Let me know what you think, and subscribe to get new music updates emailed to you every week! → → → → → → → → → →
I CAN BE INDIE TOO
BACKGROUND: Bear’s Den is a London trio comprised of Andrew Davie, Kevin Jones, and Joey Haynes. After touring with the likes of Mumford & Sons and Daughter, Bear’s Den is off to a good start with their first official release, the EP Agape. (Not agape, like if someone’s mouth was agape with excitement over this week’s SoundWave, but “agape”, the idea of spiritual love.) There is a sense of devotional, familial reflection on the EP that is well reflected by the title, and makes this indie rock/pop something singularly special.
VOCALS: Lead vocalist Davies starts off the song with the title line – “Agape, please don’t dissipate.” There is a certain emotionality communicated through the lyrics that is perfectly balanced by Davies’ voice: he manages to lay bare his soul without diminishing his vocal control. A cross between Snow Patrol’s Gary Lightbody and X Ambassador’s Sam Harris, Davies sets the tone of “Agape.”
PRODUCTION: A heavy bass accompaniment leads the song through its journey of catchy rhythms and chorus permutations. The upbeat tempo and cheerful banjo beat plays contrary to lyrics about love and loss, but somehow the two work perfectly together to highlight the other.
NUTSHELL: “Agape”, the standout track on Bear Den’s freshman EP, is a fresh and folky outing that manages to inject new life into a somewhat somnolent genre that has seen an influx of sub-par efforts of late.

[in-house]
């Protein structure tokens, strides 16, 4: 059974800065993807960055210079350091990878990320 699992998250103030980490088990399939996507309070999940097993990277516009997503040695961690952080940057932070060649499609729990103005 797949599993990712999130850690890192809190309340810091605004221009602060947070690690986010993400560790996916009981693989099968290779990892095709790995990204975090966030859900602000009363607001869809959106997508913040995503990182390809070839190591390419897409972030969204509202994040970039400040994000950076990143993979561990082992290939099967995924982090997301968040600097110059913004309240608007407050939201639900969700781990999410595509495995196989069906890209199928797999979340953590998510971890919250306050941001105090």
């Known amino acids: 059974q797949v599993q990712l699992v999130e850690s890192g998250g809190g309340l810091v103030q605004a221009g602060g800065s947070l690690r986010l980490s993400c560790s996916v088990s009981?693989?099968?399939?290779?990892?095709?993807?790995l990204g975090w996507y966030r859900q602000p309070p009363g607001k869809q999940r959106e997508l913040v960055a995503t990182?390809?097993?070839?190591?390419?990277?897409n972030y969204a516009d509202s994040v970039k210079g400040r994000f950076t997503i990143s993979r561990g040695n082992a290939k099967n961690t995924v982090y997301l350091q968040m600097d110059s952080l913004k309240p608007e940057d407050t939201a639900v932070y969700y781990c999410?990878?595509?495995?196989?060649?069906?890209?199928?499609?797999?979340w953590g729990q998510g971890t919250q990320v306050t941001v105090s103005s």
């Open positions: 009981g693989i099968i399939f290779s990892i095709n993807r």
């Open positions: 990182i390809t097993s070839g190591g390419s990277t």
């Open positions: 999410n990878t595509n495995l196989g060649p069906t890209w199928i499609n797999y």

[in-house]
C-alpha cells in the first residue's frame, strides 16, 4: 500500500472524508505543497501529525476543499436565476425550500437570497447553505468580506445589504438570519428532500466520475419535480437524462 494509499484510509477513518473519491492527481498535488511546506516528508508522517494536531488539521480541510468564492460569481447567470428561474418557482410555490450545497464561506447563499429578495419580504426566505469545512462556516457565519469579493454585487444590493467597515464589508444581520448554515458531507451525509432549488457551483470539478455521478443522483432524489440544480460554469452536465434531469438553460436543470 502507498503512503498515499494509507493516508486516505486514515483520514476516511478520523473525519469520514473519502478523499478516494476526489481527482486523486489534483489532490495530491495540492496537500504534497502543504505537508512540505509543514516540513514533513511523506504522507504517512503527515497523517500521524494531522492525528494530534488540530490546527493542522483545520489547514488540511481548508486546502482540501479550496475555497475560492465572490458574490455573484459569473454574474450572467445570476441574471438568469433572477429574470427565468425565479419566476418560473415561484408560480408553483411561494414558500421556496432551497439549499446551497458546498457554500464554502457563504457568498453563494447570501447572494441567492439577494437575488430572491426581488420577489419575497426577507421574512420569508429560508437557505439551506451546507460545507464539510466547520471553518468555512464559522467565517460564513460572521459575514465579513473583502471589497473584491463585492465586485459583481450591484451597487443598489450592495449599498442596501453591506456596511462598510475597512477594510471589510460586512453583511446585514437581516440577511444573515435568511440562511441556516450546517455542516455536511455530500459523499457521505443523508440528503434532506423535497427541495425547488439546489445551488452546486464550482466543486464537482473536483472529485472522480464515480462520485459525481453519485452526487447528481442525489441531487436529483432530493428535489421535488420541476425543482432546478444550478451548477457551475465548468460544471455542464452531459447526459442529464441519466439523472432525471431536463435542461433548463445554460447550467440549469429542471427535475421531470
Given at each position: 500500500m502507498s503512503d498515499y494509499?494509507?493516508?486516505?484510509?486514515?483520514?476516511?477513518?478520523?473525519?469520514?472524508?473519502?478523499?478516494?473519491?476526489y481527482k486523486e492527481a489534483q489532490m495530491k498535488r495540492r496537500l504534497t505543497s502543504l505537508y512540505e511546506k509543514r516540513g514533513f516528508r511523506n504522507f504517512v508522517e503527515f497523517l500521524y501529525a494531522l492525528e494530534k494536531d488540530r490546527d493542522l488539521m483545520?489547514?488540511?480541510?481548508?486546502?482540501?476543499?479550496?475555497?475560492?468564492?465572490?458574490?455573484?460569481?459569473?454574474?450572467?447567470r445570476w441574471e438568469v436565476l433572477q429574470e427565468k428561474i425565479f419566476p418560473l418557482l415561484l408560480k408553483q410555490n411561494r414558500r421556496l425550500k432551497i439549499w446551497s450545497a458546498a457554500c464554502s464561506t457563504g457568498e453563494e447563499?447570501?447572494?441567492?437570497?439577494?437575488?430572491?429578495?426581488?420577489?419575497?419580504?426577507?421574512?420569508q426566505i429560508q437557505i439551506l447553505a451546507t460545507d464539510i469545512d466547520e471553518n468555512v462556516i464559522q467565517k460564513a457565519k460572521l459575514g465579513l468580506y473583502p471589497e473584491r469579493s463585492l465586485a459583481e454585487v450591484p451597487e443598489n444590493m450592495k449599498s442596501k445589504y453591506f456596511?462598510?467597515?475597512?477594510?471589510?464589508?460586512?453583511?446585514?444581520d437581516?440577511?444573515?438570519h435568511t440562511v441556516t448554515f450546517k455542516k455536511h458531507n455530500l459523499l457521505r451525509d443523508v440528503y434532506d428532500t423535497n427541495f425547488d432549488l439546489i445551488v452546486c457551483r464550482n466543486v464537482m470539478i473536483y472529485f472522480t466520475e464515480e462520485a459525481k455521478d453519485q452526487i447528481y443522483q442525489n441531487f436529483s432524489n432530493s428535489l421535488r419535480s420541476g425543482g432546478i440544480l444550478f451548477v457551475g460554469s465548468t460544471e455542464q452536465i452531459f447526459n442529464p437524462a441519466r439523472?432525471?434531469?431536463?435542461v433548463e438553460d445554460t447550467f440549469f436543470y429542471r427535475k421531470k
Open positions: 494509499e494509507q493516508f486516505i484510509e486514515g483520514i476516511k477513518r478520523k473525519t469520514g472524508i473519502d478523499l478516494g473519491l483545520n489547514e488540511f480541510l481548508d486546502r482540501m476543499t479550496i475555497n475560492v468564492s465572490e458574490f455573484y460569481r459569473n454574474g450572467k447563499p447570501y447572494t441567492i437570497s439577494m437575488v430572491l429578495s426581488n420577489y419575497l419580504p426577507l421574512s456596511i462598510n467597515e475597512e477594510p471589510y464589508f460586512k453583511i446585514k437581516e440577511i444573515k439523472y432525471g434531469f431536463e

AND THE BEAT GOES ON
BACKGROUND: Hellogoodbye is back! While that may sound redundant, it’s really exciting for fans of the group or indie pop in general, for Hellogoodbye have been at the experimental forefront of the genre ever since their hit “Here In Your Arms” took off around the globe. In preparation for their fall release of LP Everything Is Debatable and a tour supporting Paramore, they are here with their first new single in three years, “(Everything Is) Debatable.”
VOCALS: Forrest Kline, frontman and band former, is back and up to his usual indie hipster tricks on this track. His slightly speech-impediment styled vocals (that wasn’t meant as an insult…if you listen to the verses, you’ll get what I mean) soar across alternatingly slow and fast sections. Layers of his voice cascade over one another during the chorus, where a backing track of “doo-doo-doo”s support a bouncy, descending, highly harmonized vocal line.
PRODUCTION: ‘80’s styled synths, a la St. Lucia, replete with electronic quirks, an electronically manipulated cowbell, and an explorative bass guitar line, set the tone of this track. At times minimalistic, as in the verses, and other times guitar-heavy, like in the chorus, “Debatable” is a crossbreed of genres, ranging from throwback pop to hipster indie rock.
NUTSHELL: Although quite different from their standout track “Here In Your Arms”, “Debatable” harkens back to Hellogoodbye’s sophomore album, and intimates exciting new things for their third album, out October 29th.
BACKGROUND: Two words: Cher Lloyd. If you don’t know who she is, check this out. If you do, then I don’t need to explain any more. Britain’s favorite love-to-hate rap-singer-diva is back with a bang, teaming up with hard-hitting T.I. for a throwback hip-hop-qua-pop jam that is a perfect outro to this year’s summer hits.